While we might see no other choice but to slog it out 9 to 6 daily for a paycheck, there’s actually an alternative way of earning some extra cash that could give you more time and freedom to pursue other interests.
The secret to this financial freedom? Passive income – money that flows in even when you’re not actively working for it.
But it seems like a far-fetched task for non-financially-savvy folk like us – words like “dividends” and “fixed deposits” leave our minds blank. Not to worry fellow amateur investors, here are 6 ways to earn passive income through dividend distributions by or interests earned from:
Investing in Exchange Traded Funds (ETFs) is one of the easiest ways to broaden your portfolio. They’re relatively affordable investments that give you exposure to a whole basket of diverse investment products, like stocks, bonds and even commodities.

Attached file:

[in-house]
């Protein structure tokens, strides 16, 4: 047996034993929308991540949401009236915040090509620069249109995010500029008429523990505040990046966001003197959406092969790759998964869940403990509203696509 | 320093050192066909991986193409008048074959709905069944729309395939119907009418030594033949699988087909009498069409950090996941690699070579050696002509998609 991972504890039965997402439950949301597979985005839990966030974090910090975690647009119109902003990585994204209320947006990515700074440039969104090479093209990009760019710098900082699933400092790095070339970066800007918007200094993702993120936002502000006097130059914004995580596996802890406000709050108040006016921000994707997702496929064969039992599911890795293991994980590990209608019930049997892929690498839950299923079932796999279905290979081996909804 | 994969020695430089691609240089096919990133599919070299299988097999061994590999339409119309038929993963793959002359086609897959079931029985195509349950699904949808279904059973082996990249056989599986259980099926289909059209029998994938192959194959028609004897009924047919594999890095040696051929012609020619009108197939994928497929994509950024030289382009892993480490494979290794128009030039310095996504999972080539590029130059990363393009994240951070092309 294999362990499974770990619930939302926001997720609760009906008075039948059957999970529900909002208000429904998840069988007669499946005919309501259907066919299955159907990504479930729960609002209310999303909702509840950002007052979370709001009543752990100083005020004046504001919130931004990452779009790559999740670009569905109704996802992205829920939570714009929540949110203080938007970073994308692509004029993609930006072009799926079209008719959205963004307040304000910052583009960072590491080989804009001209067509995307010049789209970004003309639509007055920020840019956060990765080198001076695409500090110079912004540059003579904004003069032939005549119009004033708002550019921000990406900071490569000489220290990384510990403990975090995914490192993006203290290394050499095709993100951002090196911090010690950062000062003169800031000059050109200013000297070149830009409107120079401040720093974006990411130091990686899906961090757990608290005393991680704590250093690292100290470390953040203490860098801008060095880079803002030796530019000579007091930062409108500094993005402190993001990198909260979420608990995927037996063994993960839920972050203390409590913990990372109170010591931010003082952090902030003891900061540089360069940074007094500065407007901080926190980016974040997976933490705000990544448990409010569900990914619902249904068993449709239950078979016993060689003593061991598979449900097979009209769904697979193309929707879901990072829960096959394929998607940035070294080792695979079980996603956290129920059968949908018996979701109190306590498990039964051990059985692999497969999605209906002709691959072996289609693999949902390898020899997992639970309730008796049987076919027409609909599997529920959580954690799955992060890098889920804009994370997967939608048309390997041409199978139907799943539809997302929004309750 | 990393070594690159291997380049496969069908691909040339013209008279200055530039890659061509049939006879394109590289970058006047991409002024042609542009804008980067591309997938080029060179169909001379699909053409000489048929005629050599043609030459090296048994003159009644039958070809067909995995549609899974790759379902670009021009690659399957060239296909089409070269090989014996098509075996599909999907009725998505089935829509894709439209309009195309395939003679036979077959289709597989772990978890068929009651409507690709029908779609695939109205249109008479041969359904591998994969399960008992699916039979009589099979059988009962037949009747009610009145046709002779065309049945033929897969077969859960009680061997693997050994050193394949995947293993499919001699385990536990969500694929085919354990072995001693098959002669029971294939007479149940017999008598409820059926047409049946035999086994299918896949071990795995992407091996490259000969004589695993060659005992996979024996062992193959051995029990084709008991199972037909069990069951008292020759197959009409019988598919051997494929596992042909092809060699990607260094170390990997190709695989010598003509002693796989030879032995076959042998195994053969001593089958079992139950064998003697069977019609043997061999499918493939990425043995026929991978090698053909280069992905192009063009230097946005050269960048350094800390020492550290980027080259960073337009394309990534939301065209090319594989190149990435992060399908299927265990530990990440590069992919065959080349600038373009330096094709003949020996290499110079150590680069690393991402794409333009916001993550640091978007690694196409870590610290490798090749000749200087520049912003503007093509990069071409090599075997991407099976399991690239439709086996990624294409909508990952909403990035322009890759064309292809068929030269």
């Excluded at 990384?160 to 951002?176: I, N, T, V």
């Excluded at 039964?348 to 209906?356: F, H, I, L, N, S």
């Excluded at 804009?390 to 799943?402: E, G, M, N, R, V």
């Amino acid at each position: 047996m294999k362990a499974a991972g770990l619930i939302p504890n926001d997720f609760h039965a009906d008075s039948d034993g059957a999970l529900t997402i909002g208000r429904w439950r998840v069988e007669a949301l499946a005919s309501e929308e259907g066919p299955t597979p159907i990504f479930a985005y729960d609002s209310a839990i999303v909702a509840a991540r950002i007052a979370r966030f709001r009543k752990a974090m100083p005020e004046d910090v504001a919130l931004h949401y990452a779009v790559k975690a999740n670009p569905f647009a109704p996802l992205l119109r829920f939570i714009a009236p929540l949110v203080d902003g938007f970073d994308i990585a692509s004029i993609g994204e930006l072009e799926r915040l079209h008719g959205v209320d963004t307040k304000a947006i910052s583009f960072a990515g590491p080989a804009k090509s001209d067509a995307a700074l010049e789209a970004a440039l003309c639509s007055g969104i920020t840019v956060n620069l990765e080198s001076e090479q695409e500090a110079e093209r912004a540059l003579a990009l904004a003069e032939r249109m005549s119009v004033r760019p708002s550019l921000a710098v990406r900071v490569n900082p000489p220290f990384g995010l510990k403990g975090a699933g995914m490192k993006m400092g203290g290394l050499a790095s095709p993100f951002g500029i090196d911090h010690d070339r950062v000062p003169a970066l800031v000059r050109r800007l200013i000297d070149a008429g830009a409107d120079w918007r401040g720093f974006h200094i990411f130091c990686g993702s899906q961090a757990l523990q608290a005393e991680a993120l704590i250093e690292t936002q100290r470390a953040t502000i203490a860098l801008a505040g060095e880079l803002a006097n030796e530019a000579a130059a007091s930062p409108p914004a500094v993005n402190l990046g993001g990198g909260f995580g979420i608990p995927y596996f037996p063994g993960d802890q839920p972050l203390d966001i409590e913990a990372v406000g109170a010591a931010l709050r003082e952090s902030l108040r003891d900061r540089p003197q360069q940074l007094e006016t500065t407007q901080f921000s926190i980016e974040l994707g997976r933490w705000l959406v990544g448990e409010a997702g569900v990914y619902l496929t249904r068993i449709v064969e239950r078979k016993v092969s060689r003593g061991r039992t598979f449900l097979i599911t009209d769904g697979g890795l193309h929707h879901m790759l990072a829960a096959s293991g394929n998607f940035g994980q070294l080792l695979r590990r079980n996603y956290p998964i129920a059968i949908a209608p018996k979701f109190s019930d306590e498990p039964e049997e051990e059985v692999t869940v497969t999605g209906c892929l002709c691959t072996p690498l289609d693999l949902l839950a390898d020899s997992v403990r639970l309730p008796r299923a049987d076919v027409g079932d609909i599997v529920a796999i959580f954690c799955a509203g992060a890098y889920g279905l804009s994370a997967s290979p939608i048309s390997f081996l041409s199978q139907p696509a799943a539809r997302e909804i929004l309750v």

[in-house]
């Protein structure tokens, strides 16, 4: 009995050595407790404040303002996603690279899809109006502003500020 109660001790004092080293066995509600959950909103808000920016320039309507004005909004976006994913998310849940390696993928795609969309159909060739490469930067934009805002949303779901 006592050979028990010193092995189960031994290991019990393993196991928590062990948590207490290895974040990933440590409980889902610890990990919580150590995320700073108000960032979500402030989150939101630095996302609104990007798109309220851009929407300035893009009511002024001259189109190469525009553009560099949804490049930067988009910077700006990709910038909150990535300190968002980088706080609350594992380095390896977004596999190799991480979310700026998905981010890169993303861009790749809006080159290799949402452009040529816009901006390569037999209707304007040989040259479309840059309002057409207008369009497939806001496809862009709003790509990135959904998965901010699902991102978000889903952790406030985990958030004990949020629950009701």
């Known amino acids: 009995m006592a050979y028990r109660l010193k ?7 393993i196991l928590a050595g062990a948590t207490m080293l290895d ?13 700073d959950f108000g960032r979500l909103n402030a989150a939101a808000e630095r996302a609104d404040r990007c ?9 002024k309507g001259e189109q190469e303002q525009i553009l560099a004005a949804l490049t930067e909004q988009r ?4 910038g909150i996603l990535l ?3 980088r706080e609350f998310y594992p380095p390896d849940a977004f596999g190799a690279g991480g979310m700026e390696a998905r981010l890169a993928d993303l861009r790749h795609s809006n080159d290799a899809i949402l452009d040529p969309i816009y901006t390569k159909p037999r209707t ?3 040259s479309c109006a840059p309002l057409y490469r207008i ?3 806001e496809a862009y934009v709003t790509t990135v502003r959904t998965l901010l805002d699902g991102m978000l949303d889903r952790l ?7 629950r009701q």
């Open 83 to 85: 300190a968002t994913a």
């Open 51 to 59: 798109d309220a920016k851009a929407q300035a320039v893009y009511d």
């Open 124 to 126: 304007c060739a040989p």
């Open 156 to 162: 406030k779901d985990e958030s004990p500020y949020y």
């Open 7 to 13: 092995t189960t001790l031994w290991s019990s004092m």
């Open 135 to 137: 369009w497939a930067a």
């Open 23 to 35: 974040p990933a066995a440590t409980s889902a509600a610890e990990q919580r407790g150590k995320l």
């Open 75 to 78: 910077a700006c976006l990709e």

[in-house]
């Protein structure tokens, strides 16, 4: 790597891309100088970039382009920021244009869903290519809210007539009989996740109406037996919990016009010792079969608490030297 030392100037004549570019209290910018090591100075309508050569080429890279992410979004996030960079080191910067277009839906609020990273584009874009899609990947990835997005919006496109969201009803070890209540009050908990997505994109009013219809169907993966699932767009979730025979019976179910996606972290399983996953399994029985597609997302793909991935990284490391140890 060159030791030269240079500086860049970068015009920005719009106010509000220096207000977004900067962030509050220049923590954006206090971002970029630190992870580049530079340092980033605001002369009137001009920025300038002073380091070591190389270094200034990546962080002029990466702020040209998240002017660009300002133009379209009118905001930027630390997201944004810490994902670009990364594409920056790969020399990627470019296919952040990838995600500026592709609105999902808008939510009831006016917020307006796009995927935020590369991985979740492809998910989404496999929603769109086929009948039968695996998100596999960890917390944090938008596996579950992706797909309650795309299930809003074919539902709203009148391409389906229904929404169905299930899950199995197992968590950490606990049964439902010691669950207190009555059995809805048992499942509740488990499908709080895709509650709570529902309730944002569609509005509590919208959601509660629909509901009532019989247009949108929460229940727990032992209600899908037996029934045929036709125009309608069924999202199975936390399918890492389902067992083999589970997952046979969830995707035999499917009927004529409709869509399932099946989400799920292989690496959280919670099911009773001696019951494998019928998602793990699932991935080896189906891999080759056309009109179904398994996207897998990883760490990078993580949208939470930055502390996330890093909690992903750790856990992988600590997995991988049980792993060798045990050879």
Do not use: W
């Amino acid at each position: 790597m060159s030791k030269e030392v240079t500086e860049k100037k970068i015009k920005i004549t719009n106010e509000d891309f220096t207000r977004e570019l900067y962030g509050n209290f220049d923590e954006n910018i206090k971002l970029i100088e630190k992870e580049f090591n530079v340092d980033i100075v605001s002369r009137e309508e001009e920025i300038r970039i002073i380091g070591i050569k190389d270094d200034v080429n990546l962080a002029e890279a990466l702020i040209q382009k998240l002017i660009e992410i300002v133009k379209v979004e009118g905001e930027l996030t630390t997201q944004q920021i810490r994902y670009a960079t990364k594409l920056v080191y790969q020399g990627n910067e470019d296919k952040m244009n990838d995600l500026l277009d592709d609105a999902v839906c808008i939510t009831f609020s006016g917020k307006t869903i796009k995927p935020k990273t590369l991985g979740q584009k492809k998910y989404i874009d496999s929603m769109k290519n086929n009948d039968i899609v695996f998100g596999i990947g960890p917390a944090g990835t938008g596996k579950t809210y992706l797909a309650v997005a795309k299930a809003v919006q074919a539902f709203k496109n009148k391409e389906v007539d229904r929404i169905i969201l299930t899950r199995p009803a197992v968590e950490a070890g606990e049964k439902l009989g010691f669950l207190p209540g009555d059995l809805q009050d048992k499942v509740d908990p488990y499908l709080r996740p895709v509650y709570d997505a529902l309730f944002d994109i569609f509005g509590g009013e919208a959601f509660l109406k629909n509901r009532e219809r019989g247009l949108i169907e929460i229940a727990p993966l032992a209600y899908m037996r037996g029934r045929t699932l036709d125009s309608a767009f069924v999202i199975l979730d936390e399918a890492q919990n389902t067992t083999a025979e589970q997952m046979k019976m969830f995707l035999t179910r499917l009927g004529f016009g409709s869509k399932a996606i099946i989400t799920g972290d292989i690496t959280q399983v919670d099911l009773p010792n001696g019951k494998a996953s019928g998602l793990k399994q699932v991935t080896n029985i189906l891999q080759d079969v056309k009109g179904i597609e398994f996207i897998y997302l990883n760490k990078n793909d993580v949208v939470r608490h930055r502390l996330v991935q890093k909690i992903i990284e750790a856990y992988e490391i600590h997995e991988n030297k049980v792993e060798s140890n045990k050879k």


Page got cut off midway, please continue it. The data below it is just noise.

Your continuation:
Since these are usually made up of a “basket” of stocks or bonds that hail from different industries, there’ll be instant diversification. Other advantages of ETFs include:
ETFs are managed by asset management firms, like Nikko Asset Management – an established firm that’s been providing ETFs in the Singapore market since 2005. You can try either of these 2 ways to start investing:
RSPs are fuss-free since they automatically deduct a fixed sum monthly which goes straight to your investment. Just leave it there without having to mark it off your to-do list!
As for passive income, you’d be glad to note that ETFs sometimes yield dividend distributions. Think of it as a regular bonus from an extra-generous boss, and you barely have to lift a finger to get it once your investment strategy is set in place.
Note: Dividend distributions are not guaranteed.